The Ghana Commercial Agriculture Project, G-CAP has been described as key in efforts towards making the sector regain its identity as the highest contributor to the country’s growth.
The 5 year project which started in 2012 is estimated at a cost of 145 million dollars.
It seeks to strategically empower small-holder farmers of rice, maize, soya as well as fruits and vegetables within the Accra plains and SADA zones to commercialize their activities – ultimately to the country’s economic benefit. This is through attraction of investments for commercial farmers supposed to transfer technical and entrepreneurial skills to the small holder farmers.
G-CAP’s Technical Advisor, Ram Bhavnani explained to JOY BUSINESS, the initiative should turn around the dwindling fortunes of the agric sector.
‘We have over the years used extension services to transfer technology to the smallholder farmers. But the design of G-CAP is to use the nucleus commercial farmer to transfer technology to the small holder farmer. So its private sector transfer technology to the private sector for mutual benefits unlike before where its was the public sector transferring technology to the private sector which had the business element as the missing link. And we could also use the other small-holders who are not benefiting from the nucleus out-grower arrangements as a control to see the difference’ he noted.
The project’s Monitoring and Evaluation Consultant, Charles Nornoo even breaks it down further to justify the initiative as the panacea to the sector’s woes.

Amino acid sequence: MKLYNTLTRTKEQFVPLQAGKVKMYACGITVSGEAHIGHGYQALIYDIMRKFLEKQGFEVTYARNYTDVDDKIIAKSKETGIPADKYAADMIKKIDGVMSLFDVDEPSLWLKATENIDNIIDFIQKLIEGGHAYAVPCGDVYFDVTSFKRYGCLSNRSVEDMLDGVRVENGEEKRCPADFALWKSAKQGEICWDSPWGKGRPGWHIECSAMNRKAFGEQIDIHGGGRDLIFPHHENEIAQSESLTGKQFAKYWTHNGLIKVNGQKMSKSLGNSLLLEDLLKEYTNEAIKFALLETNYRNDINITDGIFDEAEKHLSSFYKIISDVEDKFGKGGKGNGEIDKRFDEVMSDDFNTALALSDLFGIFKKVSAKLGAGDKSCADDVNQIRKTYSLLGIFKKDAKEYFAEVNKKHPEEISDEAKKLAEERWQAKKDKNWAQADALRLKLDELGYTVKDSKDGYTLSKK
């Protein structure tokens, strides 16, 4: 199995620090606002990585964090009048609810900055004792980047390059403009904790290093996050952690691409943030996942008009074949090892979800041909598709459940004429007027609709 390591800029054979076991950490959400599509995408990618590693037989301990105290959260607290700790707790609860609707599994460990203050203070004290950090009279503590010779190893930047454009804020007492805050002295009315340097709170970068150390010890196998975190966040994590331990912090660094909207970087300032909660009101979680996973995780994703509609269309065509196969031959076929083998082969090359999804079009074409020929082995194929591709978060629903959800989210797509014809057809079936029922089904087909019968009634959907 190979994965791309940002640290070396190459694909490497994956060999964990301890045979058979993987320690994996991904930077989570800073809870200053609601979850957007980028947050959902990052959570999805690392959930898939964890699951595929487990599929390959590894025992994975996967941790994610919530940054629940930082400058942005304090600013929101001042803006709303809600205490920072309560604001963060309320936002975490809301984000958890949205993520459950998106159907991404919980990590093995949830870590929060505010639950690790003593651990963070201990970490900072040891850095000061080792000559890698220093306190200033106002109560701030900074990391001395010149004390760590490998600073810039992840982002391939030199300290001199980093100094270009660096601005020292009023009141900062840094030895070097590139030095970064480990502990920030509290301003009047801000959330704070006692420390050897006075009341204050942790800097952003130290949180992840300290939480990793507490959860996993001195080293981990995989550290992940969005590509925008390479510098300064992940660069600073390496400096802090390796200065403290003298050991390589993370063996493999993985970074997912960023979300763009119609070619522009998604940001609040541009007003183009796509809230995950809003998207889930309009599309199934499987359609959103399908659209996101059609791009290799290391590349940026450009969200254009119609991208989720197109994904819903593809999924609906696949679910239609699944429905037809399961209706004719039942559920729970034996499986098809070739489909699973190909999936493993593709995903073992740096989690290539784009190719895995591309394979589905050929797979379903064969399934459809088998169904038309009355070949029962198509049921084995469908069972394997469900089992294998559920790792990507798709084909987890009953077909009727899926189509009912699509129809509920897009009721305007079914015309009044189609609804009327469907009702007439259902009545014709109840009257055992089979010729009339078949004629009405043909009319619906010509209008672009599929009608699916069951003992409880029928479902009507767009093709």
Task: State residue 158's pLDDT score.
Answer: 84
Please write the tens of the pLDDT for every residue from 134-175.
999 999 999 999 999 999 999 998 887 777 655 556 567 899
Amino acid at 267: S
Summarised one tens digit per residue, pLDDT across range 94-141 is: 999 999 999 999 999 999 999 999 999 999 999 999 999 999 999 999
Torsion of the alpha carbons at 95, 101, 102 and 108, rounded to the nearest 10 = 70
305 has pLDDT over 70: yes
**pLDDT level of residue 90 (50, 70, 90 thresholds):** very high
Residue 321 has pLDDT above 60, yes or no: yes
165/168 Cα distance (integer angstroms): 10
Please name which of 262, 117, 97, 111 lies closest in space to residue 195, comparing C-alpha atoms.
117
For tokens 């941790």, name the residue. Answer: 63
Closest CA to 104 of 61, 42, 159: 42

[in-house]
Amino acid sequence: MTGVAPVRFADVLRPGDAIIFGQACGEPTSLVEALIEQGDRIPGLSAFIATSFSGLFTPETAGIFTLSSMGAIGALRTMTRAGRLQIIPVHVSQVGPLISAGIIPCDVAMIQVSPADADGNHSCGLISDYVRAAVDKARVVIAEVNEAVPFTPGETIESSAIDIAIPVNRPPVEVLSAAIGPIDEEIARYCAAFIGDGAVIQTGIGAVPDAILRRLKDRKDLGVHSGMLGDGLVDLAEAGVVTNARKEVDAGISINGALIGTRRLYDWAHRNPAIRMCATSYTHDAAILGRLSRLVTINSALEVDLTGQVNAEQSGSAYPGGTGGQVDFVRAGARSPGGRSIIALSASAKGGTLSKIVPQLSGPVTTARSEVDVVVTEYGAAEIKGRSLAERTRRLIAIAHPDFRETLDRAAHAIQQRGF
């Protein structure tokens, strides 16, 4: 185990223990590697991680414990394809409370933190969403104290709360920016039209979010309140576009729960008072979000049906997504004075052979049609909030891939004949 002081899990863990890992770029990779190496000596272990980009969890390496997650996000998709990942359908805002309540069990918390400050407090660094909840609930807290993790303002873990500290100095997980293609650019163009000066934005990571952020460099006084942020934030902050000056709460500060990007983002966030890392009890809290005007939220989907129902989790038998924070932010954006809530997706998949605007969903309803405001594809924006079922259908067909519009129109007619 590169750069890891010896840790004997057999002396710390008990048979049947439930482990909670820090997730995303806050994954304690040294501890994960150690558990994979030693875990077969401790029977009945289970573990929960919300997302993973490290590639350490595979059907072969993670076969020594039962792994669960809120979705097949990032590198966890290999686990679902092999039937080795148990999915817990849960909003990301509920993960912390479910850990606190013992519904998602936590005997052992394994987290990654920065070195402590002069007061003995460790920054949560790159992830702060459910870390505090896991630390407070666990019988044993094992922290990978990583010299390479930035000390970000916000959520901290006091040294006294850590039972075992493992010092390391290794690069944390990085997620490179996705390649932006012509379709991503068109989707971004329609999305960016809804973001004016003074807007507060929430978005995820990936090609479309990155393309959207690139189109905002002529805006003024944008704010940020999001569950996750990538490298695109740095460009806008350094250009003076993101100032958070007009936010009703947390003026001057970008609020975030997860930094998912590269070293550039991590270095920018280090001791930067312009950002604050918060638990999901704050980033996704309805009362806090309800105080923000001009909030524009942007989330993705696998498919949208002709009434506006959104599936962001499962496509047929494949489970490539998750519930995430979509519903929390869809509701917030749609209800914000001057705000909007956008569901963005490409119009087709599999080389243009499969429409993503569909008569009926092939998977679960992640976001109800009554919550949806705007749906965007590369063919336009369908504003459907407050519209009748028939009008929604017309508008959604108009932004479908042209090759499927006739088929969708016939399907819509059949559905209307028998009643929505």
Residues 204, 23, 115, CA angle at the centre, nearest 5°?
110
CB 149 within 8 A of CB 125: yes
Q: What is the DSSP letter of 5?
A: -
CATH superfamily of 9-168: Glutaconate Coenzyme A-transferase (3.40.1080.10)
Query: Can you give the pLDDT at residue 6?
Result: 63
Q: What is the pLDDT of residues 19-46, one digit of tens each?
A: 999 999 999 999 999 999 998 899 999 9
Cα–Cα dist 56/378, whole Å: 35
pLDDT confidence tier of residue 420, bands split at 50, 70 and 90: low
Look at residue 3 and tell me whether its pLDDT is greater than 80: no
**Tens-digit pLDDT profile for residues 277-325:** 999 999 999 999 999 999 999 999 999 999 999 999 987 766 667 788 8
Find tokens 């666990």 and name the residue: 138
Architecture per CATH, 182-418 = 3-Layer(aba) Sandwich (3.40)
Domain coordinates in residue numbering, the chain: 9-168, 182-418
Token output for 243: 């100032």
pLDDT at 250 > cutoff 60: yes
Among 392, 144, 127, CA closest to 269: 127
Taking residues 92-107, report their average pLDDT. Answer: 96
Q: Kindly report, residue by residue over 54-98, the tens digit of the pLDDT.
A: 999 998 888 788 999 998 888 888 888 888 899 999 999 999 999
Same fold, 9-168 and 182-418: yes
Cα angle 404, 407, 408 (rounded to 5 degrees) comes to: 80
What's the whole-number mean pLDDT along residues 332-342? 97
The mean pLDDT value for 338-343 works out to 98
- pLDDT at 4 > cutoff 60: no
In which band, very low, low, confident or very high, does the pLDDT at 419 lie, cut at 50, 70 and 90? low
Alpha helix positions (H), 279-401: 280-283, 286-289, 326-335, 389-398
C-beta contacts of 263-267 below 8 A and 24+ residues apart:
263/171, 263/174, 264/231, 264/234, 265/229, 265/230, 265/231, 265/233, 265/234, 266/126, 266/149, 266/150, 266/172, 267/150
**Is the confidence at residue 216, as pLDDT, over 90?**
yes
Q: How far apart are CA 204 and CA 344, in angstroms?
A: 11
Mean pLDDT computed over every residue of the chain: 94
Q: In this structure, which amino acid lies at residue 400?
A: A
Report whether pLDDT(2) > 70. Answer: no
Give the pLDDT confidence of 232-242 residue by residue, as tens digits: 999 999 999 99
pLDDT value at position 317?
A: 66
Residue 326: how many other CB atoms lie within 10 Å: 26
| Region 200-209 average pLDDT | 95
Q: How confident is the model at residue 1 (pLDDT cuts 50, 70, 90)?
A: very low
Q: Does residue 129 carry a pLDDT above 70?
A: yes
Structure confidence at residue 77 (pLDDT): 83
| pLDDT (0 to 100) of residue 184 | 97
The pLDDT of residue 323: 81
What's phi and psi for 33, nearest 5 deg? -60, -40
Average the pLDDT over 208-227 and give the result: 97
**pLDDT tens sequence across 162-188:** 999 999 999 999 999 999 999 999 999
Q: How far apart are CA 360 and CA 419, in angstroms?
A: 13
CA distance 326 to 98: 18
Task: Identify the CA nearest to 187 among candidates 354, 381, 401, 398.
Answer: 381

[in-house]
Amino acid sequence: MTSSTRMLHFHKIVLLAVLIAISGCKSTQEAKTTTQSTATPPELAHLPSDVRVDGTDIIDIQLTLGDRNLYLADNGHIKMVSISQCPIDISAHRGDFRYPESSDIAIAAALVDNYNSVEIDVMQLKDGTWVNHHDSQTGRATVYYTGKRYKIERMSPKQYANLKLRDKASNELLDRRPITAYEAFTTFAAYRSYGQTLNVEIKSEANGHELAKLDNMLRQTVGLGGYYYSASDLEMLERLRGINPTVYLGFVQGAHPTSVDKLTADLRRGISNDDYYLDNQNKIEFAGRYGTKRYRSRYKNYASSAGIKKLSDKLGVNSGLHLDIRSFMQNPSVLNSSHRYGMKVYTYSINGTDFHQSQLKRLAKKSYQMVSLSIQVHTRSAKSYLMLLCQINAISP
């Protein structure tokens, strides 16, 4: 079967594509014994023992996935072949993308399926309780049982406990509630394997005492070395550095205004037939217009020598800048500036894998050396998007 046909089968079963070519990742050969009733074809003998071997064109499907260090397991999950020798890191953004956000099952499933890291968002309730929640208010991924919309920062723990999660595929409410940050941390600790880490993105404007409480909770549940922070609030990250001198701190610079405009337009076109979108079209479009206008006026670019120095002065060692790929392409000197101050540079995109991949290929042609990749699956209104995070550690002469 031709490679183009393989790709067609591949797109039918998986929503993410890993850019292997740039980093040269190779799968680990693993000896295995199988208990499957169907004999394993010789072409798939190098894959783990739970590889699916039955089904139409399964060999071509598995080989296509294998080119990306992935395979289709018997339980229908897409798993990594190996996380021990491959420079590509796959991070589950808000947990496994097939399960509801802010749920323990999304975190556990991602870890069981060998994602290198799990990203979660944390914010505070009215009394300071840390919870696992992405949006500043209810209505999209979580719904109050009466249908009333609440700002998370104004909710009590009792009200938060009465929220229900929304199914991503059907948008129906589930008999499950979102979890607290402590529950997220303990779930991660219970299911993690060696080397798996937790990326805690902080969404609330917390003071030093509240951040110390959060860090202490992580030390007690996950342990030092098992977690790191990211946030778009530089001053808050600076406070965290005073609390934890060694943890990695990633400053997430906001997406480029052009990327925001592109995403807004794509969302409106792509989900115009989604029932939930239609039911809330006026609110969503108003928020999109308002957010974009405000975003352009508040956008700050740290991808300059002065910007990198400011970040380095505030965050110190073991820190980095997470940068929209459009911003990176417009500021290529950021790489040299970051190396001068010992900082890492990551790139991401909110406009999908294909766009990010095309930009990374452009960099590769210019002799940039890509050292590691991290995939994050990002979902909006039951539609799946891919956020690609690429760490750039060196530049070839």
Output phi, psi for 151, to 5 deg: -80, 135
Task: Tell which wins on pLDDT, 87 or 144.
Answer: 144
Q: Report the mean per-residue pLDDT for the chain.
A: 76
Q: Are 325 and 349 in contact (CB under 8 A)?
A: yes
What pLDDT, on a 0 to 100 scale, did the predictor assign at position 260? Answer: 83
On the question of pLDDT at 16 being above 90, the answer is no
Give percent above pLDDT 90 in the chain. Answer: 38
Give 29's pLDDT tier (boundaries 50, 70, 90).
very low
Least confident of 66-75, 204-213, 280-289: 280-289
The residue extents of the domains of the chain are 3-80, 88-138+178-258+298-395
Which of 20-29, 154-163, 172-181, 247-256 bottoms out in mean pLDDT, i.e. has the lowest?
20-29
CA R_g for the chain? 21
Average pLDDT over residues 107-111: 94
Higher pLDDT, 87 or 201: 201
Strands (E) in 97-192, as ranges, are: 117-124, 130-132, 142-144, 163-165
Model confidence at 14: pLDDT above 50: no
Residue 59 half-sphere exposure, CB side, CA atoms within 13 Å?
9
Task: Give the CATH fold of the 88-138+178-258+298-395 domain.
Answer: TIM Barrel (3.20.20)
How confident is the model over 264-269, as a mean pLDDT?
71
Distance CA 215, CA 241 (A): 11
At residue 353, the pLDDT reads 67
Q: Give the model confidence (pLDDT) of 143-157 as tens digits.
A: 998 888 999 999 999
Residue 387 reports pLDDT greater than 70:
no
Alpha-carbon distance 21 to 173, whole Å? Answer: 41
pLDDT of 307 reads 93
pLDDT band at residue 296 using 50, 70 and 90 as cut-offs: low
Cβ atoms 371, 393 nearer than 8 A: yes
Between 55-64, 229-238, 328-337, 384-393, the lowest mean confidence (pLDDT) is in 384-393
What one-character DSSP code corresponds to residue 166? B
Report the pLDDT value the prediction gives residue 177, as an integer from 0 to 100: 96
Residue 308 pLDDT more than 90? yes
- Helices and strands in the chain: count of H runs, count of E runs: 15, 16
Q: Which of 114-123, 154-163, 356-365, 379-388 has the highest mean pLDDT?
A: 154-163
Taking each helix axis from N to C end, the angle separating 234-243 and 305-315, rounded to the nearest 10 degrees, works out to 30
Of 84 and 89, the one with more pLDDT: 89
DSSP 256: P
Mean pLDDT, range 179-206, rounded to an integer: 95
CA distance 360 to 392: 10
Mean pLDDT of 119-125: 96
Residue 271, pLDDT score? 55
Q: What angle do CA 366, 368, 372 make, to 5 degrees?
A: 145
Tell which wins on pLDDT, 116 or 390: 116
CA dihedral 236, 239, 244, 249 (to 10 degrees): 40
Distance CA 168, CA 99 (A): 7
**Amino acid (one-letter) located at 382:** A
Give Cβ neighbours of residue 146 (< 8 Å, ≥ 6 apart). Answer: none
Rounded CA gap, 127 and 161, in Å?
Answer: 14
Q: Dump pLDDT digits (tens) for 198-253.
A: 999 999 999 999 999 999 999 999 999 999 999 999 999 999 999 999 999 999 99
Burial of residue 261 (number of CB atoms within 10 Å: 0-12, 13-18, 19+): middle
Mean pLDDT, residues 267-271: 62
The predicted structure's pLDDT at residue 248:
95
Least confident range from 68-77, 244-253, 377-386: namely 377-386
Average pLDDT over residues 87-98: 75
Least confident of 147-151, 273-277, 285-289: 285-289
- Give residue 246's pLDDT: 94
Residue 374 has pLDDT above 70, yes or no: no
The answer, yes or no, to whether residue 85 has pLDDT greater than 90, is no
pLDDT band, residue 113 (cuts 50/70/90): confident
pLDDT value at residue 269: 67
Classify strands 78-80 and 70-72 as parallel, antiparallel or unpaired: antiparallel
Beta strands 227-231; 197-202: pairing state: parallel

‘When you have a successful business man who has tested his technology and the small farmers have seen him do it, its easier for him to transfer that technology to small farmers as opposed to the extension officer who probably must have not even farmed before. And if that businessman is given about 200 out-growers and they are not successful, he loses that money and so he has the interest to ensure that he does the technology transfer very well to guarantee recouping his money. Take for example VEGPRO, if they are supporting about 250 farmers to produce baby-corn. If they’re harvesting every week, that goes to add to the quantities they’re exporting, the quality must be the same and so after about a year or two those farmers could do it on their own’ he explained.
Apart from the private sector financing, the initiative also seeks to ensure increased access to secured land and market to better the lots of the small holder farmers. The project is being implemented under the auspices of the Agric Ministry in collaboration with the World Bank which is providing a 100 million dollar loan and the USAID which is also offering a grant of 45 million dollars.
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